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15/12/2015

‘Strictest’ environmental standards should be in place for fracking

Words: Laura Edgar
Fracking

Shale gas can be produced safely in the UK as long as the “strictest environmental standards” are in place, according to the Task Force on Shale Gas.

Shale gas can also help the UK transition to a renewable economy and exploratory drilling should go ahead as soon as possible to establish clearly how much gas is available and what sort of industry is possible.

These are the conclusions drawn by the task force in its final report of the series into shale gas: The Economic Impacts Of A UK Shale Gas Industry (pdf).

Lord Chris Smith, chair of the Task Force on Shale Gas, said the conclusion from the evidence gathered during the year is clear. “The risk from shale gas to the local environment or to public health is no greater than that associated with comparable industries provided, as with all industrial works, that operators follow best practice.”

The size of the UK industry’s impact will depend on its potential output, which is as yet unknown, said Smith.

“We recommend that a number of exploratory wells should be allowed to go ahead, under the very strict environmental safeguards that we have outlined in our previous reports, in order to establish a much clearer picture of where and how much recoverable gas there is in the UK. Only when we have a better understanding of how much gas could be recovered in the UK will the public be able to make an informed decision as to whether they support it.”

The shale gas industry has the potential to create “thousands” of jobs, according to Smith, and if it proceeds, the government must commit to providing skills training in areas in which shale gas production will occur. The report concluded that a domestic shale gas industry could strengthen the UK’s energy security and mitigate against potential risks to energy supply.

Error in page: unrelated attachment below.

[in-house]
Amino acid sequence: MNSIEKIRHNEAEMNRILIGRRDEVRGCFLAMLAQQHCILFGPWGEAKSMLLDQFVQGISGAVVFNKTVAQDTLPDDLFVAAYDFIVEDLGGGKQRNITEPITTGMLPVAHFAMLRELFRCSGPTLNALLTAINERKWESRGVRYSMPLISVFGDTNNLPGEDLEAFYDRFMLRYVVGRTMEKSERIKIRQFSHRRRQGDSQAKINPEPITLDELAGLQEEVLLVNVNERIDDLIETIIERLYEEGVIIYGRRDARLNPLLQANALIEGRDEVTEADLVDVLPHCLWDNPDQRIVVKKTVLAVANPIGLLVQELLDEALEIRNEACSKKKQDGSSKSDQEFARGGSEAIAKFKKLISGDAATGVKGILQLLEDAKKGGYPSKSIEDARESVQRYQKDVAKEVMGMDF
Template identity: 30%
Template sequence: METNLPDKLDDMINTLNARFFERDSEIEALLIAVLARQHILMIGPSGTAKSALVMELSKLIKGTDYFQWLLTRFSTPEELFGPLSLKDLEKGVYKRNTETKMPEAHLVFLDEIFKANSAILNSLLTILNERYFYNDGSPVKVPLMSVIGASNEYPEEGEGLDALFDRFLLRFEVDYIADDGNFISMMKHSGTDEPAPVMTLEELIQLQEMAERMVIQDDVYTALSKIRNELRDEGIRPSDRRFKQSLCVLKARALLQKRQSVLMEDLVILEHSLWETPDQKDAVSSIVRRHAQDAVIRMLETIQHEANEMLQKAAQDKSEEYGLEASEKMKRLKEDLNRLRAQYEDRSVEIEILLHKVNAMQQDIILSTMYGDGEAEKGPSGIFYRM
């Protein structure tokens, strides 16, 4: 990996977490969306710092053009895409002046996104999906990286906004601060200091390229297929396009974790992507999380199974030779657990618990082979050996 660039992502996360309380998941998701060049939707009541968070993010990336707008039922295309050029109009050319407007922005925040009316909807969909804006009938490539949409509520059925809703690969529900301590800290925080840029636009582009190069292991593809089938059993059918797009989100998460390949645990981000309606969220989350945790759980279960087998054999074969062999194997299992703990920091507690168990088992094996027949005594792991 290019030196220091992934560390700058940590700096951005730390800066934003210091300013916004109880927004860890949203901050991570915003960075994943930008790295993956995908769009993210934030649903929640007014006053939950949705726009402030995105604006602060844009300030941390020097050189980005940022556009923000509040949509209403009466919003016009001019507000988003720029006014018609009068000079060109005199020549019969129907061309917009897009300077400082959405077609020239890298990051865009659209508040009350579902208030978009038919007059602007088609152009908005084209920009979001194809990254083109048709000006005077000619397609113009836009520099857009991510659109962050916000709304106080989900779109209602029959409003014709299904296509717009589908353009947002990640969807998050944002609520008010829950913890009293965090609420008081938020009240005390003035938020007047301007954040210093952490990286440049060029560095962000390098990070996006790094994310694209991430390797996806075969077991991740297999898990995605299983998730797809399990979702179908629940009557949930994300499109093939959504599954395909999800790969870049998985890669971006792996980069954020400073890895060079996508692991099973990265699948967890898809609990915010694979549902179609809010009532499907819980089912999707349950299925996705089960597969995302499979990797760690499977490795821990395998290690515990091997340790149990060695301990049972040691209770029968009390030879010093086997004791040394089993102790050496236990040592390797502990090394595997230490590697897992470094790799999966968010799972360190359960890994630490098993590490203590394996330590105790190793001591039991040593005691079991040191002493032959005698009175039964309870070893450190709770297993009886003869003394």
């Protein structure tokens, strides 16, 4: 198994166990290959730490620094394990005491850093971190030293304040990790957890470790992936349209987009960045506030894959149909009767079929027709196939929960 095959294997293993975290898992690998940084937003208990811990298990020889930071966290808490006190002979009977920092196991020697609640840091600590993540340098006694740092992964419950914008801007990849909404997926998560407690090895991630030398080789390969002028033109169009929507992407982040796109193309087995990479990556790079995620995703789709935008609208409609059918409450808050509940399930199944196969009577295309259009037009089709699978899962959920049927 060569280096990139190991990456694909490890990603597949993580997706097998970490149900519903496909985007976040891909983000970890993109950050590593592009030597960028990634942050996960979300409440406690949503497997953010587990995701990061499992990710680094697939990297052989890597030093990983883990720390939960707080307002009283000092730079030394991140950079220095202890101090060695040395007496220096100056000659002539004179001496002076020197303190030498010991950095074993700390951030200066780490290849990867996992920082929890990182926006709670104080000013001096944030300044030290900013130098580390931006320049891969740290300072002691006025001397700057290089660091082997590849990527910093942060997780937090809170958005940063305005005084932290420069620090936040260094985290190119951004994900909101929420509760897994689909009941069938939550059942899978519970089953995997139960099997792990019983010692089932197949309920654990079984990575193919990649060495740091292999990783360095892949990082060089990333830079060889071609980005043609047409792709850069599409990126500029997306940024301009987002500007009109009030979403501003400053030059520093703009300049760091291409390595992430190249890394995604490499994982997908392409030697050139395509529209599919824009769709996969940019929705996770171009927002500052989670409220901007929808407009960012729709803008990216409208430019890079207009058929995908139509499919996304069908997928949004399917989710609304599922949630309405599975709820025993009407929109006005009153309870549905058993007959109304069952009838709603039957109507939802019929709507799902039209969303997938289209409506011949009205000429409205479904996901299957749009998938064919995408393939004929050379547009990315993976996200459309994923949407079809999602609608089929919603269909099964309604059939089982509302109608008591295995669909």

Lord Smith added: “We recommend that operators and government specify details on how the creation of successful production sites will benefit residents living nearby.”

The Task Force on Shale Gas has made several final recommendations and notes on best practice, including:

  • Transparency must be “at the heart of” any potential shale gas industry” and operators must agree full disclosure of the chemical content on materials used in shale gas exploration and production. Operators must also be transparent in seeking to minimise the effects on nearby residents.

  • Baseline monitoring of air, land and water should begin as soon as a site has been identified.

  • A commitment by operators to use the best materials and techniques and for them to be held the very highest standards.

  • Local residents should have a direct role in monitoring any operations in their area.

The Task Force on Shale Gas was launched in September 2014. It is funded by shale companies but says it operates independently from them.

The task force’s first report found that there should be a dedicated regulator for onshore underground energy to address the UK’s current planning and regulatory system. The second report  found that fracking will only be safe for local people if strict monitoring is carried out and chemicals used are fully disclosed while the third report found shale gas should be a bridge to a low-carbon future and implored the government to speed up the development of Carbon Capture and Storage.

Image credit | Shutterstock

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